Question About Racing For Cheap

Discussion in 'Short Track Racing' started by Hunter Duffy, Jan 6, 2015.

  1. Hunter Duffy

    Hunter Duffy Guest

    Here is my problem, I am 14 years old and I am really into oval racing. I've had iRacing for about a year now and I am doing well in that. I also help out with a Legend car at my local track. What I want to know is where could I get started racing for as cheap as possible. It doesn't have to be oval tracking, but it would be nice if it was. Thank you in advance!
  2. VaDirt

    VaDirt Dirt Track Fanatic

    A great place to start, in my opinion, would be u-cars. See if your local track runs 'em, and try it out. Out here there are a number of young guys and girls running them.
  3. Stewart Fan

    Stewart Fan Team Owner

    I'm really not trying to be a troll here so don't think that. But if you wanna race you have to forget the word "cheap".
  4. Hunter Duffy

    Hunter Duffy Guest

    Haha that is very true, I should have said "Racing on a slightly lower budget"
  5. Speedbowl14

    Speedbowl14 Tony Stewart and the Waterford Speedbowl

    Bingo. Hope college wasn't on your mind.

    Give me some tracks close to you. Not all tracks run legends or Bandos, but if that is at your local track I'd do that. No mechanical information required, as I think there's a catalog that you get all the parts from and they're easy to install.

    If there aren't INEX divisions, try the u-car/hornet class. Sure you'll need some mechanical knowledge, but with those you can bump, bang, and really go at it. Legend cars are almost as bad as modifieds. Just one wrong tap and you'll send a guy straight into the wall. Heard of and scene a lot of nasty crashes with those cars.
  6. Hunter Duffy

    Hunter Duffy Guest

    Actually the closest track is Waterford, I help out with the 04 Legend car (Now SK Modified). But I think I'm going to start out with karts at norwalk.
  7. Speedbowl14

    Speedbowl14 Tony Stewart and the Waterford Speedbowl

    Oh man, you're serious! Well that's great. I'd love to see you at the Bowl... if we have one next year. Dylan Izzo's Legend car is 04, correct?

    Well, you're options are pretty limitless. I'd try and get an X-car for Waterford. If not, get a Legend and run it at Stafford on the 1/4 mile or Seekonk. Waterford is too big for Legends. Those things are a roll cage with sheet metal on top. No crumple or give whatsoever. You can get away with that on the smaller tracks though. Its smart to start with go-karts. Don't just hop into the big boy shoes. Talk with others around the pit area. Find out where they got their car. Knowledge and relations are king in racing.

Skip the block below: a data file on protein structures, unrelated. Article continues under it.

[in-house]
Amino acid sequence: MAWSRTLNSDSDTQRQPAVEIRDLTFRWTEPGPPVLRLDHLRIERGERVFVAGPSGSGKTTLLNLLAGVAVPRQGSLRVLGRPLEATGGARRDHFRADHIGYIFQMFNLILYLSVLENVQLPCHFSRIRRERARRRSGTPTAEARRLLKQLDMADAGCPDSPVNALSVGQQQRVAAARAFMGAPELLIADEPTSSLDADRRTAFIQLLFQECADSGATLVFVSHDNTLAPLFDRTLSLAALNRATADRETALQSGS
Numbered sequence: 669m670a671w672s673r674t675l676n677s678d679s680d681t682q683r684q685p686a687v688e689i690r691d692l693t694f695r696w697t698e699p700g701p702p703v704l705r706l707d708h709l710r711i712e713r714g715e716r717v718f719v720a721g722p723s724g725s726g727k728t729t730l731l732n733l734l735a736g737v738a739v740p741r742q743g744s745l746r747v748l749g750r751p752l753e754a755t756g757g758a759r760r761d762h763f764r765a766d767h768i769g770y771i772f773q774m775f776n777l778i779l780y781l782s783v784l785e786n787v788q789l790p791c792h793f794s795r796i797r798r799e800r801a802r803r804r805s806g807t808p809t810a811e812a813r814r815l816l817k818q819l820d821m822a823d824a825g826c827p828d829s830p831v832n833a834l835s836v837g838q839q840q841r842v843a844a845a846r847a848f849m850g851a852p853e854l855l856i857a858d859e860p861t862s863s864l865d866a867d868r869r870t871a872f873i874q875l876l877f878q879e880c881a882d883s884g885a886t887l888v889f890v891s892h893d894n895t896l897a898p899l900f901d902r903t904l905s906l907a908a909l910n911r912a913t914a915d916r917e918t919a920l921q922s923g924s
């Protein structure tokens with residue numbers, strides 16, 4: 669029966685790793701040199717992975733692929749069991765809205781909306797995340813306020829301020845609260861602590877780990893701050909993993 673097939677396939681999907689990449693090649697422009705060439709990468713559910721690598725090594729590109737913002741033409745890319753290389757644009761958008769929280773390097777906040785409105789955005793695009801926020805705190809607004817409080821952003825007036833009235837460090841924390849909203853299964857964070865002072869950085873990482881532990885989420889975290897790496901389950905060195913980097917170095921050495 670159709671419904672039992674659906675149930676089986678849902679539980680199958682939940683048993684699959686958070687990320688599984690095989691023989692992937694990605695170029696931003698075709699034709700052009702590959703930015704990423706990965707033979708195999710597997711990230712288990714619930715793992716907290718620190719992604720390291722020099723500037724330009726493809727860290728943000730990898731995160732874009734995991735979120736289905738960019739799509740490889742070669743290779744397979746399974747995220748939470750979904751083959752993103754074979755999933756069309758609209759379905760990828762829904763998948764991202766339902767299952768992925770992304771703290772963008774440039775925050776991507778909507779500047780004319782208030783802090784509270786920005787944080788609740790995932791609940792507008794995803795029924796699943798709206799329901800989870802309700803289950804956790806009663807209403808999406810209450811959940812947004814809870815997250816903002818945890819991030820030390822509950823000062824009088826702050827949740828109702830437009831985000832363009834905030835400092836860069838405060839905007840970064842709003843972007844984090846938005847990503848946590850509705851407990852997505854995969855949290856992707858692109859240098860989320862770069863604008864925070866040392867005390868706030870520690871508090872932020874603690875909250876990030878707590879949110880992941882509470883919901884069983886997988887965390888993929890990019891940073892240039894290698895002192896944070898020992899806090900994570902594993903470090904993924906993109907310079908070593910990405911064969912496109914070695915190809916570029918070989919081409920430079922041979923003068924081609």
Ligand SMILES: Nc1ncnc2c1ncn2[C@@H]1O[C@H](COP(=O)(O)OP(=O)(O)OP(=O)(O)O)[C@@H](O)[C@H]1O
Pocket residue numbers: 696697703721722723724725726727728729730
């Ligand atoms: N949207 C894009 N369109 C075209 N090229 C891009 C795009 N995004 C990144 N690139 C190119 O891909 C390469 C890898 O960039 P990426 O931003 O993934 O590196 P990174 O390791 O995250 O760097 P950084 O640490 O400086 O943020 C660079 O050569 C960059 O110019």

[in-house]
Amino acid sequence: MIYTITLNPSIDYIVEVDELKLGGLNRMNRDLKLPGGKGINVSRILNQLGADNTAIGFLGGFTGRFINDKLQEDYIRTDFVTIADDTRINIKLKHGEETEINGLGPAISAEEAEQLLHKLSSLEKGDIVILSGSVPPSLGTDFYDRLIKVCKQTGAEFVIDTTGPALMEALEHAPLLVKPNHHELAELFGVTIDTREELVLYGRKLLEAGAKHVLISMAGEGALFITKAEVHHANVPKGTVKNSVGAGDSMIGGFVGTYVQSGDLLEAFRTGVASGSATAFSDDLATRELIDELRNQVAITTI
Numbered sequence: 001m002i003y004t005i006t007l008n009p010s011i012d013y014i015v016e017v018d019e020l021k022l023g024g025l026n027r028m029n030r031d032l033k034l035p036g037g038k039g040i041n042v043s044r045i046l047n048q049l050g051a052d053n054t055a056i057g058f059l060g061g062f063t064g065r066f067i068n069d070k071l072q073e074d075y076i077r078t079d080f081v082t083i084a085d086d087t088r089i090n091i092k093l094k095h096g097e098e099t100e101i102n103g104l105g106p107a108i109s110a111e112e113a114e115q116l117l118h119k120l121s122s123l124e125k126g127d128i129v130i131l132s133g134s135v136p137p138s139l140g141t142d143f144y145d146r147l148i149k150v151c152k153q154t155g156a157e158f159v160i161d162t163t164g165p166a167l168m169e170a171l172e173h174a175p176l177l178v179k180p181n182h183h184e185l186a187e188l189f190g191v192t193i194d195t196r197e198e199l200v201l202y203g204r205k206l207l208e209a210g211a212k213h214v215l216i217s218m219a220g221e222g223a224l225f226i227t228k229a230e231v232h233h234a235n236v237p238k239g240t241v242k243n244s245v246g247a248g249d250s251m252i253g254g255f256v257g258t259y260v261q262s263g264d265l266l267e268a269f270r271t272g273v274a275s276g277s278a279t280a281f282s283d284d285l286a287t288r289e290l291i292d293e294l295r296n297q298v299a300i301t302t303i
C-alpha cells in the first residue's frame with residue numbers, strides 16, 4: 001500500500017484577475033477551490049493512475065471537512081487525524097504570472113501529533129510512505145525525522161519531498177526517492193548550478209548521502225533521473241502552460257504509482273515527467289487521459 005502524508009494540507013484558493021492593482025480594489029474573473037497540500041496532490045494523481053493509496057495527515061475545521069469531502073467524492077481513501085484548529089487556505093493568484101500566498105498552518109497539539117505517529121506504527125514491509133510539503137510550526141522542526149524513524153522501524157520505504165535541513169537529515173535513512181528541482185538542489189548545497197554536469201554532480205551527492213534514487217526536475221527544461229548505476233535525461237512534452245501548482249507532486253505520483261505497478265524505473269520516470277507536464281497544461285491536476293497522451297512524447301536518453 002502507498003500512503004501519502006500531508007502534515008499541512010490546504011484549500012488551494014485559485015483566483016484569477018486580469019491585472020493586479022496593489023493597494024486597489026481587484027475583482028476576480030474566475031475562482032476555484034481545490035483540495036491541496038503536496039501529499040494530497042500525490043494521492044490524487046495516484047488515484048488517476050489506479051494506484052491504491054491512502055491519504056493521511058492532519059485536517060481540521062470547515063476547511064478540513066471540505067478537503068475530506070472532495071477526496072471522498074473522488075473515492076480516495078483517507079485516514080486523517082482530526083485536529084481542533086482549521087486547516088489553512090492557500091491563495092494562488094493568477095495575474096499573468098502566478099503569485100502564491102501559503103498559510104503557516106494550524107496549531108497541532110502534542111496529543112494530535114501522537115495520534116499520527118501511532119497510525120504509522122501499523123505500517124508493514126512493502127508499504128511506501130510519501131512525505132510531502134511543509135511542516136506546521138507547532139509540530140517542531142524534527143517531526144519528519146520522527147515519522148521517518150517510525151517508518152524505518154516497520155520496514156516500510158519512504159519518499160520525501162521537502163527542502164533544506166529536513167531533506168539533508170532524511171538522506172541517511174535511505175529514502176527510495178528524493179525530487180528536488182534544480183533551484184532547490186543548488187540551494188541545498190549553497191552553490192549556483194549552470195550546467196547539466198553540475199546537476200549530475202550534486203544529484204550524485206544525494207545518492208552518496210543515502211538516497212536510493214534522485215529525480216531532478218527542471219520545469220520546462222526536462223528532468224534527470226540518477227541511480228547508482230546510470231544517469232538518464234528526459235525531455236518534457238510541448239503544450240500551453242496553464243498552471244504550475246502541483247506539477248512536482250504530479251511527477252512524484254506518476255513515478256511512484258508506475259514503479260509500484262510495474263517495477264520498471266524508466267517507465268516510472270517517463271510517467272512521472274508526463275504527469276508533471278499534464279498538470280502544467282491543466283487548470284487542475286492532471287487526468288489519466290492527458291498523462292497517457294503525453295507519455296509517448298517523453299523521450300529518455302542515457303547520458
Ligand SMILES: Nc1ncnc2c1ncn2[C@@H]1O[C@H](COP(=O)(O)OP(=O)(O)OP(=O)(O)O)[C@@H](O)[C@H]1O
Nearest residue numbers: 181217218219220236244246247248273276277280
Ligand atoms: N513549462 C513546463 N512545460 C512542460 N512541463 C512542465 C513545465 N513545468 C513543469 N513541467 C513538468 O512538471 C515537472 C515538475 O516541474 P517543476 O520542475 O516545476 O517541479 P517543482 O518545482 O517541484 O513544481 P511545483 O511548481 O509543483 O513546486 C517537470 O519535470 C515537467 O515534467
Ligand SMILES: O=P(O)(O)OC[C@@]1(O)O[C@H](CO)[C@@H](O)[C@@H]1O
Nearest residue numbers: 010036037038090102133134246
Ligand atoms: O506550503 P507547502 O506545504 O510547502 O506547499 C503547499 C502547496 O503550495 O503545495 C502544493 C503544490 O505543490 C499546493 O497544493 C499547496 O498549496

8. Hunter Duffy

    Hunter Duffy Guest

    Oh yeah didn't the bowl go bankrupt? And yeah 04 is Dylan Izzo
  9. Speedbowl14

    Speedbowl14 Tony Stewart and the Waterford Speedbowl

    ugh...I don't even wanna talk about it. If you wanna race in 2015, plan on Stafford or Seekonk.
  10. Hunter Duffy

    Hunter Duffy Guest

    Haha, I think I'm going to stick with the Karts for a few years and then maybe move into a Bandolero or a Legend car. I guess i'll see where it all takes me.
  11. gone

    gone Team Owner

    After being in your shoes years ago (young, not a lot of experience or money) and trying to break in, I'd suggest starting in karts. And in those, a "stock" engine class. No racing is cheap, but "stock" engine karts is about as cheap as you can go and still run a vehicle that is designed for racing. A UCar may be cheaper to build than a kart, but it also requires a full sized tow vehicle and trailer. You can put the kart in the back of a pickup truck or even the trunk of a large car if you want.